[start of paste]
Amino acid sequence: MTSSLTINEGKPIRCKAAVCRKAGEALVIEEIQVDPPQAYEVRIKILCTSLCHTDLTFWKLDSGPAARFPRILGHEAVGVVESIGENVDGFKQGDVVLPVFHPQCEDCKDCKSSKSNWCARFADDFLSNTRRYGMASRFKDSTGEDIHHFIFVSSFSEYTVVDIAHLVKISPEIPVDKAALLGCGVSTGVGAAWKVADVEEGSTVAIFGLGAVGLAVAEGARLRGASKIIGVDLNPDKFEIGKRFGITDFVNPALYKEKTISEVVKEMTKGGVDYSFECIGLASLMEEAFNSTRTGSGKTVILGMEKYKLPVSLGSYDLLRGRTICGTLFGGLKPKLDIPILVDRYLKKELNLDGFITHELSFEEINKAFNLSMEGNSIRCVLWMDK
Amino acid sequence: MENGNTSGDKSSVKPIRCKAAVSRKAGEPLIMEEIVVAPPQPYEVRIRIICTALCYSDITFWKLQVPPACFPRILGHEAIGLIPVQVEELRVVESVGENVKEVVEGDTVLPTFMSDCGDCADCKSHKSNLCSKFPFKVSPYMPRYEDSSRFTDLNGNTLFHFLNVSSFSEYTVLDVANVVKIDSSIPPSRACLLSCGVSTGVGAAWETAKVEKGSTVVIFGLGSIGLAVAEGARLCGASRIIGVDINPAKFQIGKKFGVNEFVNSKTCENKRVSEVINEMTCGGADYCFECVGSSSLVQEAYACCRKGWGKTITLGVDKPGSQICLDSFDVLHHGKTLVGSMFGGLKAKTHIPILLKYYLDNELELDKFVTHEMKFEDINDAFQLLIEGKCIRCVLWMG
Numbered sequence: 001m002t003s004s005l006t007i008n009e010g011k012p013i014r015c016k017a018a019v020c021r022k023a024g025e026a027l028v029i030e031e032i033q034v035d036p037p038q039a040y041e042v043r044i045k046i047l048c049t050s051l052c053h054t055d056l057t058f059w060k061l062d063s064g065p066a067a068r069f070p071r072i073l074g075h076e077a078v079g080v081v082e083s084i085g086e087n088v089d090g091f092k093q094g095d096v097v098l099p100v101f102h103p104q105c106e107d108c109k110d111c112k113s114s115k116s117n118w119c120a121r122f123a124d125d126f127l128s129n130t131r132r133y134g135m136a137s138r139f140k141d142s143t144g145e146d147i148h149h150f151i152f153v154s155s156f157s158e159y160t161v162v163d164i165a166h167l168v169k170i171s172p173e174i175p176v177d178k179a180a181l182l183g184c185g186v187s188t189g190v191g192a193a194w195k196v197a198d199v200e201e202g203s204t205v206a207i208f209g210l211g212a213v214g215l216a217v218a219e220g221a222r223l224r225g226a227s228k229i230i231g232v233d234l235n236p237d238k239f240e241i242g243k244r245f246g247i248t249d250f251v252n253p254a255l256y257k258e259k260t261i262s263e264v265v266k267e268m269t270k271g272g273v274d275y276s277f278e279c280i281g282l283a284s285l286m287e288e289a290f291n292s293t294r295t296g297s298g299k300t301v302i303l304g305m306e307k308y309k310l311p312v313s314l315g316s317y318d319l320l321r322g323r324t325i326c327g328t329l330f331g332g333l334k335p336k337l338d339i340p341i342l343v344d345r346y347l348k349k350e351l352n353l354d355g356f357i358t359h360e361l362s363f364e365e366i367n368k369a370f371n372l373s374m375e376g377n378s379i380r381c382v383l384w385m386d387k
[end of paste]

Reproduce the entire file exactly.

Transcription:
Amino acid sequence: MTSSLTINEGKPIRCKAAVCRKAGEALVIEEIQVDPPQAYEVRIKILCTSLCHTDLTFWKLDSGPAARFPRILGHEAVGVVESIGENVDGFKQGDVVLPVFHPQCEDCKDCKSSKSNWCARFADDFLSNTRRYGMASRFKDSTGEDIHHFIFVSSFSEYTVVDIAHLVKISPEIPVDKAALLGCGVSTGVGAAWKVADVEEGSTVAIFGLGAVGLAVAEGARLRGASKIIGVDLNPDKFEIGKRFGITDFVNPALYKEKTISEVVKEMTKGGVDYSFECIGLASLMEEAFNSTRTGSGKTVILGMEKYKLPVSLGSYDLLRGRTICGTLFGGLKPKLDIPILVDRYLKKELNLDGFITHELSFEEINKAFNLSMEGNSIRCVLWMDK
Amino acid sequence: MENGNTSGDKSSVKPIRCKAAVSRKAGEPLIMEEIVVAPPQPYEVRIRIICTALCYSDITFWKLQVPPACFPRILGHEAIGLIPVQVEELRVVESVGENVKEVVEGDTVLPTFMSDCGDCADCKSHKSNLCSKFPFKVSPYMPRYEDSSRFTDLNGNTLFHFLNVSSFSEYTVLDVANVVKIDSSIPPSRACLLSCGVSTGVGAAWETAKVEKGSTVVIFGLGSIGLAVAEGARLCGASRIIGVDINPAKFQIGKKFGVNEFVNSKTCENKRVSEVINEMTCGGADYCFECVGSSSLVQEAYACCRKGWGKTITLGVDKPGSQICLDSFDVLHHGKTLVGSMFGGLKAKTHIPILLKYYLDNELELDKFVTHEMKFEDINDAFQLLIEGKCIRCVLWMG
Numbered sequence: 001m002t003s004s005l006t007i008n009e010g011k012p013i014r015c016k017a018a019v020c021r022k023a024g025e026a027l028v029i030e031e032i033q034v035d036p037p038q039a040y041e042v043r044i045k046i047l048c049t050s051l052c053h054t055d056l057t058f059w060k061l062d063s064g065p066a067a068r069f070p071r072i073l074g075h076e077a078v079g080v081v082e083s084i085g086e087n088v089d090g091f092k093q094g095d096v097v098l099p100v101f102h103p104q105c106e107d108c109k110d111c112k113s114s115k116s117n118w119c120a121r122f123a124d125d126f127l128s129n130t131r132r133y134g135m136a137s138r139f140k141d142s143t144g145e146d147i148h149h150f151i152f153v154s155s156f157s158e159y160t161v162v163d164i165a166h167l168v169k170i171s172p173e174i175p176v177d178k179a180a181l182l183g184c185g186v187s188t189g190v191g192a193a194w195k196v197a198d199v200e201e202g203s204t205v206a207i208f209g210l211g212a213v214g215l216a217v218a219e220g221a222r223l224r225g226a227s228k229i230i231g232v233d234l235n236p237d238k239f240e241i242g243k244r245f246g247i248t249d250f251v252n253p254a255l256y257k258e259k260t261i262s263e264v265v266k267e268m269t270k271g272g273v274d275y276s277f278e279c280i281g282l283a284s285l286m287e288e289a290f291n292s293t294r295t296g297s298g299k300t301v302i303l304g305m306e307k308y309k310l311p312v313s314l315g316s317y318d319l320l321r322g323r324t325i326c327g328t329l330f331g332g333l334k335p336k337l338d339i340p341i342l343v344d345r346y347l348k349k350e351l352n353l354d355g356f357i358t359h360e361l362s363f364e365e366i367n368k369a370f371n372l373s374m375e376g377n378s379i380r381c382v383l384w385m386d387k